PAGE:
One of New York City’s largest office-to-residential conversions will soon be underway in lower Manhattan. 55 Broad Street, which served as the headquarters for Goldman Sachs from 1967 until 1983, will be reborn as a residence with 571 market rate apartments. The 30-story building will offer a wealth of amenities including a private club, wellness and fitness activities.

Government Buildings | Aug 2, 2023

A historic courthouse in Charlotte is updated and expanded by Robert A.M. Stern Architects

Robert A.M. Stern Architects’ design retains the original building’s look and presence.

Adaptive Reuse | Jul 27, 2023

Number of U.S. adaptive reuse projects jumps to 122,000 from 77,000

The number of adaptive reuse projects in the pipeline grew to a record 122,000 in 2023 from 77,000 registered last year, according to RentCafe’s annual Adaptive Reuse Report. Of the 122,000 apartments currently undergoing conversion, 45,000 are the result of office repurposing, representing 37% of the total, followed by hotels (23% of future projects).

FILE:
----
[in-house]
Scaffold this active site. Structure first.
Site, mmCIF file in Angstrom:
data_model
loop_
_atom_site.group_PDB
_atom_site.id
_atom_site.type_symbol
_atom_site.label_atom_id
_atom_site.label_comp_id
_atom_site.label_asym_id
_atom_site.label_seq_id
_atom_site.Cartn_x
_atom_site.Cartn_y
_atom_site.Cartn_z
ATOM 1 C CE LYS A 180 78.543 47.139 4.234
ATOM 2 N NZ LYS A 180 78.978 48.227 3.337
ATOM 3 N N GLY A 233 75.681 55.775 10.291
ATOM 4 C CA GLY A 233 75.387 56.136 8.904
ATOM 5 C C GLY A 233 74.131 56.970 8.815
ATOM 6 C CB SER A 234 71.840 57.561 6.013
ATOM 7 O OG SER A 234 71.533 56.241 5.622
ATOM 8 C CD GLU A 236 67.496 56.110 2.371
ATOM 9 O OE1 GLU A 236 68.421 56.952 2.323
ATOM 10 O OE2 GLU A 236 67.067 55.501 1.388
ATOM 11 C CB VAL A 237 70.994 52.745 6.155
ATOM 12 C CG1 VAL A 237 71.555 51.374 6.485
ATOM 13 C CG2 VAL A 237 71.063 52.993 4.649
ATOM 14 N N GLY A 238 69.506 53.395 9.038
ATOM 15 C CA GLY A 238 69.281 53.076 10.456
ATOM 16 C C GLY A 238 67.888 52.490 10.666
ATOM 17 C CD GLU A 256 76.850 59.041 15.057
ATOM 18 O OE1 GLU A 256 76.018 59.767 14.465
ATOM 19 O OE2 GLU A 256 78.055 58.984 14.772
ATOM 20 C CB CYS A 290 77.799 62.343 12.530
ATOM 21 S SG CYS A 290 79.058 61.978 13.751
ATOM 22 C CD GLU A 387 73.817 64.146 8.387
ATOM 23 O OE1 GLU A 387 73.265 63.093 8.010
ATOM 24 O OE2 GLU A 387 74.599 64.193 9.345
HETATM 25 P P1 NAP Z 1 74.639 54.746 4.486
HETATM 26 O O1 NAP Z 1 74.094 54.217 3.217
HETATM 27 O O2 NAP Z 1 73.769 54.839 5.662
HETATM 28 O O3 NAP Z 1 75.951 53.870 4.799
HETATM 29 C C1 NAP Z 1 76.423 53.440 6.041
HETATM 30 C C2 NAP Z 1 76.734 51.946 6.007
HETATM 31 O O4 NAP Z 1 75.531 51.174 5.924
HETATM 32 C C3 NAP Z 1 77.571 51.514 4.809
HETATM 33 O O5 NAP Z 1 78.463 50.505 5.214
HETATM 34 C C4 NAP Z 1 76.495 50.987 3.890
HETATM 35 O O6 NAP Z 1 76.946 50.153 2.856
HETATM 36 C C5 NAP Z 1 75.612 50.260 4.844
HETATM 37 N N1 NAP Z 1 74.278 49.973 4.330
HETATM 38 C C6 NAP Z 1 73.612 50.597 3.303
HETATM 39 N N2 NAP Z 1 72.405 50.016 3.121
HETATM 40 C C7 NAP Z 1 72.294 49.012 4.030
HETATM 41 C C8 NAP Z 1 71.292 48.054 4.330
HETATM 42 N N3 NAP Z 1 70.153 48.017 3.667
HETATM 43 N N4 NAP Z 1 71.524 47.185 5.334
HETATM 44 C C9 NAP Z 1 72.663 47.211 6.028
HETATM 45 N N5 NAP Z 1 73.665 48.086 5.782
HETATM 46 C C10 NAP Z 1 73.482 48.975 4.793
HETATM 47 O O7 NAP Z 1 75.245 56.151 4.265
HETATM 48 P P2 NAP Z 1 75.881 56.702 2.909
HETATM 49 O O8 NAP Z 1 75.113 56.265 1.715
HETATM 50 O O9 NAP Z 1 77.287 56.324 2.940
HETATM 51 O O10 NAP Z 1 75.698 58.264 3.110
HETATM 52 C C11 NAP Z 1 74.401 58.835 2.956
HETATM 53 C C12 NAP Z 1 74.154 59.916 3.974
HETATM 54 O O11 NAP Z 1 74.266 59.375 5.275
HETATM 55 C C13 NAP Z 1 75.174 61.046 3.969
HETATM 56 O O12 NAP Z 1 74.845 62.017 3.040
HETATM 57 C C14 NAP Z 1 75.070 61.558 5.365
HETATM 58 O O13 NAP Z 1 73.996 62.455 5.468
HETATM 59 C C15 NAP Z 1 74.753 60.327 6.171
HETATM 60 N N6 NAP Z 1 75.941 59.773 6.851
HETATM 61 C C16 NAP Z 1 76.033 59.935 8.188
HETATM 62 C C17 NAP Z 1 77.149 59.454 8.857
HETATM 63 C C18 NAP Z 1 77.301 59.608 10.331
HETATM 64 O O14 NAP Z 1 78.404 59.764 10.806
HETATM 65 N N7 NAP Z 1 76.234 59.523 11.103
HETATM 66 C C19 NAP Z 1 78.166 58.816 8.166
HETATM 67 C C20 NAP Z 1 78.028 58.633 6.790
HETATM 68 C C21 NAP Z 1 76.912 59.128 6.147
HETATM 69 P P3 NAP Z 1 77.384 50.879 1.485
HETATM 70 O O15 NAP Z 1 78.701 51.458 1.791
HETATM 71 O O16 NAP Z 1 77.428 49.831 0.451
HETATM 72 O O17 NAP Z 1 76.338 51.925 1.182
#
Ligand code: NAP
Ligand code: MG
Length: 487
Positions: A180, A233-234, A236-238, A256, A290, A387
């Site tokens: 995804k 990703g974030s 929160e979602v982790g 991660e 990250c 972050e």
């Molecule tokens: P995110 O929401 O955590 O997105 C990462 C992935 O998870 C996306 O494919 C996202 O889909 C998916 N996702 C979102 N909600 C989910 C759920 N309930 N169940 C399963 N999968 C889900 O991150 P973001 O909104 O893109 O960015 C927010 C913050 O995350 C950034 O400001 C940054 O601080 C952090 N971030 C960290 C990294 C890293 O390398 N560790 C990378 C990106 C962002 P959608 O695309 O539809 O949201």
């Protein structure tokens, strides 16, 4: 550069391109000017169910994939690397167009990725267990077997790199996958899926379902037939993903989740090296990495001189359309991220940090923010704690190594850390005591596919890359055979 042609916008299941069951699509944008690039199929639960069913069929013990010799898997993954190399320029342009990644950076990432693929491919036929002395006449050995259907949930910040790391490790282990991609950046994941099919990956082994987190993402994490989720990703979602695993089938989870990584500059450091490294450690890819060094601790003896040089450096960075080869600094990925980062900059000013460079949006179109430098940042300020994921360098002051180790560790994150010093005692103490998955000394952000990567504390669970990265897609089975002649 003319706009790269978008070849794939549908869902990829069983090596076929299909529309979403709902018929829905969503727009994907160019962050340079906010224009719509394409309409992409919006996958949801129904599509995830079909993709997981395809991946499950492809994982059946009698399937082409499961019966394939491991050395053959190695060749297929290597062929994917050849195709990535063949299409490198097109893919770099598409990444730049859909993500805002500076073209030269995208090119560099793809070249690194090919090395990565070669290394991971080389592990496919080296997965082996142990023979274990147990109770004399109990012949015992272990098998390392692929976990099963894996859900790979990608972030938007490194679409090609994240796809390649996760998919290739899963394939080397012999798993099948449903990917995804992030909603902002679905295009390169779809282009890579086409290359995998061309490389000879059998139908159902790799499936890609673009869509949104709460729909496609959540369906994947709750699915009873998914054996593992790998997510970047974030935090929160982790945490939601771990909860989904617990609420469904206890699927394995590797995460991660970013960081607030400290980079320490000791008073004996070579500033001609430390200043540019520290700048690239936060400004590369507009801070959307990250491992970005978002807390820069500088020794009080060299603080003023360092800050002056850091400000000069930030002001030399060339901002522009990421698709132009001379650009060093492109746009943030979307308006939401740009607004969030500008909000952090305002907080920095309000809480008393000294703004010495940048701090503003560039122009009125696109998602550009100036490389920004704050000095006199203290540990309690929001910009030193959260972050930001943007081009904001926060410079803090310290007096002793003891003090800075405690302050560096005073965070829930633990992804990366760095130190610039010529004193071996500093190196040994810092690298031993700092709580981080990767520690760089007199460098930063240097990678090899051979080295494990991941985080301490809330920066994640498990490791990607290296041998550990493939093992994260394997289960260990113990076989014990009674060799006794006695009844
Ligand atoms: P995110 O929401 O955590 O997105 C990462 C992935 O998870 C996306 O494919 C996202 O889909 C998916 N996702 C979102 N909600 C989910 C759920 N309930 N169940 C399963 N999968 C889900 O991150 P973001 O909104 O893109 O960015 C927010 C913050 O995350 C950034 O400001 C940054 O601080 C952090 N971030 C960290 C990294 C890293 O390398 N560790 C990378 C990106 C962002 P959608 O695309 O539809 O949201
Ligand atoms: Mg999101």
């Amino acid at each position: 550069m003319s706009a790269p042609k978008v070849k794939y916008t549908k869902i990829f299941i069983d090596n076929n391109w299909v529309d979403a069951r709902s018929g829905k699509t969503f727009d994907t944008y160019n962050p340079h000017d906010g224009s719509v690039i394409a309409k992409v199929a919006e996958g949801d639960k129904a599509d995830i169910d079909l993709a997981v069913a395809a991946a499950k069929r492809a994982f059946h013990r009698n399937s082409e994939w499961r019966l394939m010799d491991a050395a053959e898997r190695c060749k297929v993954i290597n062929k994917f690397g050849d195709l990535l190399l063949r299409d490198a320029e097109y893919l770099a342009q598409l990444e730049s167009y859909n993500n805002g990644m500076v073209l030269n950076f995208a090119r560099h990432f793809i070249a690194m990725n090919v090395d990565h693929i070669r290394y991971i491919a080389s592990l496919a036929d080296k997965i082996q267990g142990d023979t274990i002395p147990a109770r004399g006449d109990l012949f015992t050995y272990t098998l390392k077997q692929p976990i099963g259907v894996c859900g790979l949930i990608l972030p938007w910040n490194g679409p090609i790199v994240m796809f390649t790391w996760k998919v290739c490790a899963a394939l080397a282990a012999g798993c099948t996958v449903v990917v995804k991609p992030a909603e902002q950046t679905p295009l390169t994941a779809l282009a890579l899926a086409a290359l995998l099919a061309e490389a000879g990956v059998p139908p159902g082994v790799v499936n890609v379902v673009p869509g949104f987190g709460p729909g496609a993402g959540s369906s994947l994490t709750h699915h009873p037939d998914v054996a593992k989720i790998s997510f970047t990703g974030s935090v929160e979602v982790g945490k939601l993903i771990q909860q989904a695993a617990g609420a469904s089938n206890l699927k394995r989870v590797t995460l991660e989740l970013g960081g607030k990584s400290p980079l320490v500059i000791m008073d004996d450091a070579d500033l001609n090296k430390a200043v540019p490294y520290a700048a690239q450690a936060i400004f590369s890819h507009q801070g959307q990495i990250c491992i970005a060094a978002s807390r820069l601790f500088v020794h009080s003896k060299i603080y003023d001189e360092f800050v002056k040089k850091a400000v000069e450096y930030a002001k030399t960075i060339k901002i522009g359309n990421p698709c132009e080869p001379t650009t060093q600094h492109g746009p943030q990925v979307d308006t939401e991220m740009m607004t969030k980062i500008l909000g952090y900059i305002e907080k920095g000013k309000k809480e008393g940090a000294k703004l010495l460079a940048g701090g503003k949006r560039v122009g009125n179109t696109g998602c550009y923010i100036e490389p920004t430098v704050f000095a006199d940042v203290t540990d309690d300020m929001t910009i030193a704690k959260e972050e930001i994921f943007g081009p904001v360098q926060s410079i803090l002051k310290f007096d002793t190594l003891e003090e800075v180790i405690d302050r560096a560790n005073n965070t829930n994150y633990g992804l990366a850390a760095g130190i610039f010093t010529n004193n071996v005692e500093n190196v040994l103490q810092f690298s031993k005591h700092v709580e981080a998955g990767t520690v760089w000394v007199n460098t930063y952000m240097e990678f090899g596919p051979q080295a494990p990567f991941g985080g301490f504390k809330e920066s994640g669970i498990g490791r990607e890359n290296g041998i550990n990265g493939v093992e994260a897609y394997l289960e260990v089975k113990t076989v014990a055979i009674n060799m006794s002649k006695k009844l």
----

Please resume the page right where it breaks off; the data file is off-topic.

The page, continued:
Urban Planning | Jul 26, 2023

America’s first 100% electric city shows the potential of government-industry alignment

Ithaca has turned heads with the start of its latest venture: Fully decarbonize and electrify the city by 2030.

Multifamily Housing | Jul 25, 2023

San Francisco seeks proposals for adaptive reuse of underutilized downtown office buildings

The City of San Francisco released a Request For Interest to identify office building conversions that city officials could help expedite with zoning changes, regulatory measures, and financial incentives.

Sustainability | Jul 13, 2023

Deep green retrofits: Updating old buildings to new sustainability standards

HOK’s David Weatherhead and Atenor’s Eoin Conroy discuss the challenges and opportunities of refurbishing old buildings to meet modern-day sustainability standards.


More In Category


Most Popular Content

  1. 2021 Giants 400 Report
  2. Top 150 Architecture Firms for 2019
  3. 13 projects that represent the future of affordable housing
  4. Sagrada Familia completion date pushed back due to coronavirus
  5. Top 160 Architecture Firms 2021